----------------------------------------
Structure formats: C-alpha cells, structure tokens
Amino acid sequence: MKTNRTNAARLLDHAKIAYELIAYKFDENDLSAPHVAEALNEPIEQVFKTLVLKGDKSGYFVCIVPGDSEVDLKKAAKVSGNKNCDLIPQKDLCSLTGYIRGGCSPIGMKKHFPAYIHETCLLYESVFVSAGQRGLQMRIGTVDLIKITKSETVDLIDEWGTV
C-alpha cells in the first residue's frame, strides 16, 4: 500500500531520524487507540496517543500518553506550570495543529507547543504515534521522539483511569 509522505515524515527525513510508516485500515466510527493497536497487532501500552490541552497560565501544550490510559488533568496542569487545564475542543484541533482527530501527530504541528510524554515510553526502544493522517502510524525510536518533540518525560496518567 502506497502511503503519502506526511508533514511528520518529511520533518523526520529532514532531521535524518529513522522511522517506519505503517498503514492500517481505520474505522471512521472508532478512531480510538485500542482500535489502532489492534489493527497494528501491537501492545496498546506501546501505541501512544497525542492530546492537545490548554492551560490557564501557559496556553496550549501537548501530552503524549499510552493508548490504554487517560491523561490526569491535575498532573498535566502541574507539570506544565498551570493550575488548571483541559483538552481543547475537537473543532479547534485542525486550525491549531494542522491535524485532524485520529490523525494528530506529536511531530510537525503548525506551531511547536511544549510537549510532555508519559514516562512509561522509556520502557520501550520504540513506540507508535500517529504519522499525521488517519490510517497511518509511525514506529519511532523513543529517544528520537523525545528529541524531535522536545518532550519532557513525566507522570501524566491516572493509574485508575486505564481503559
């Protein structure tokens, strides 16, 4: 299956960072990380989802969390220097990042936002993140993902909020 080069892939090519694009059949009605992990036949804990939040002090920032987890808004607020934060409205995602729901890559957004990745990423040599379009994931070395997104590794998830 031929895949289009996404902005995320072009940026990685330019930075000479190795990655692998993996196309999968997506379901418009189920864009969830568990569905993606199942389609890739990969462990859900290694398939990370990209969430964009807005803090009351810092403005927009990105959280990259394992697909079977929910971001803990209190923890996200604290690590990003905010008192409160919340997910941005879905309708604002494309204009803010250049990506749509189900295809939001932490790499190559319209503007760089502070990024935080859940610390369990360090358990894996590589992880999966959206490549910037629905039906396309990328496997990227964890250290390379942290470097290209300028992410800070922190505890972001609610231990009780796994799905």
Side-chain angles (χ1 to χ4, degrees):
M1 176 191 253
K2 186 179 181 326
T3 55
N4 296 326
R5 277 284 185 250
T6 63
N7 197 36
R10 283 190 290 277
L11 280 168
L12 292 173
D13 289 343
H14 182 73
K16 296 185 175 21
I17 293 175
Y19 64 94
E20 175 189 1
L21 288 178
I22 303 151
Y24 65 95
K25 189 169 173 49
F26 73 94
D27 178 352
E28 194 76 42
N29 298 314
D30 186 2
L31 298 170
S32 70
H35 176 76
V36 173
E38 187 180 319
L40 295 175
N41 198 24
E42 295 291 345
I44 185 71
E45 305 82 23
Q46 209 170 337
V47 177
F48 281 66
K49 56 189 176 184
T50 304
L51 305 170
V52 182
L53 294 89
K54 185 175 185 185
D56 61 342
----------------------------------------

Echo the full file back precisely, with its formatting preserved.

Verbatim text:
Structure formats: C-alpha cells, structure tokens
Amino acid sequence: MKTNRTNAARLLDHAKIAYELIAYKFDENDLSAPHVAEALNEPIEQVFKTLVLKGDKSGYFVCIVPGDSEVDLKKAAKVSGNKNCDLIPQKDLCSLTGYIRGGCSPIGMKKHFPAYIHETCLLYESVFVSAGQRGLQMRIGTVDLIKITKSETVDLIDEWGTV
C-alpha cells in the first residue's frame, strides 16, 4: 500500500531520524487507540496517543500518553506550570495543529507547543504515534521522539483511569 509522505515524515527525513510508516485500515466510527493497536497487532501500552490541552497560565501544550490510559488533568496542569487545564475542543484541533482527530501527530504541528510524554515510553526502544493522517502510524525510536518533540518525560496518567 502506497502511503503519502506526511508533514511528520518529511520533518523526520529532514532531521535524518529513522522511522517506519505503517498503514492500517481505520474505522471512521472508532478512531480510538485500542482500535489502532489492534489493527497494528501491537501492545496498546506501546501505541501512544497525542492530546492537545490548554492551560490557564501557559496556553496550549501537548501530552503524549499510552493508548490504554487517560491523561490526569491535575498532573498535566502541574507539570506544565498551570493550575488548571483541559483538552481543547475537537473543532479547534485542525486550525491549531494542522491535524485532524485520529490523525494528530506529536511531530510537525503548525506551531511547536511544549510537549510532555508519559514516562512509561522509556520502557520501550520504540513506540507508535500517529504519522499525521488517519490510517497511518509511525514506529519511532523513543529517544528520537523525545528529541524531535522536545518532550519532557513525566507522570501524566491516572493509574485508575486505564481503559
């Protein structure tokens, strides 16, 4: 299956960072990380989802969390220097990042936002993140993902909020 080069892939090519694009059949009605992990036949804990939040002090920032987890808004607020934060409205995602729901890559957004990745990423040599379009994931070395997104590794998830 031929895949289009996404902005995320072009940026990685330019930075000479190795990655692998993996196309999968997506379901418009189920864009969830568990569905993606199942389609890739990969462990859900290694398939990370990209969430964009807005803090009351810092403005927009990105959280990259394992697909079977929910971001803990209190923890996200604290690590990003905010008192409160919340997910941005879905309708604002494309204009803010250049990506749509189900295809939001932490790499190559319209503007760089502070990024935080859940610390369990360090358990894996590589992880999966959206490549910037629905039906396309990328496997990227964890250290390379942290470097290209300028992410800070922190505890972001609610231990009780796994799905």
Side-chain angles (χ1 to χ4, degrees):
M1 176 191 253
K2 186 179 181 326
T3 55
N4 296 326
R5 277 284 185 250
T6 63
N7 197 36
R10 283 190 290 277
L11 280 168
L12 292 173
D13 289 343
H14 182 73
K16 296 185 175 21
I17 293 175
Y19 64 94
E20 175 189 1
L21 288 178
I22 303 151
Y24 65 95
K25 189 169 173 49
F26 73 94
D27 178 352
E28 194 76 42
N29 298 314
D30 186 2
L31 298 170
S32 70
H35 176 76
V36 173
E38 187 180 319
L40 295 175
N41 198 24
E42 295 291 345
I44 185 71
E45 305 82 23
Q46 209 170 337
V47 177
F48 281 66
K49 56 189 176 184
T50 304
L51 305 170
V52 182
L53 294 89
K54 185 175 185 185
D56 61 342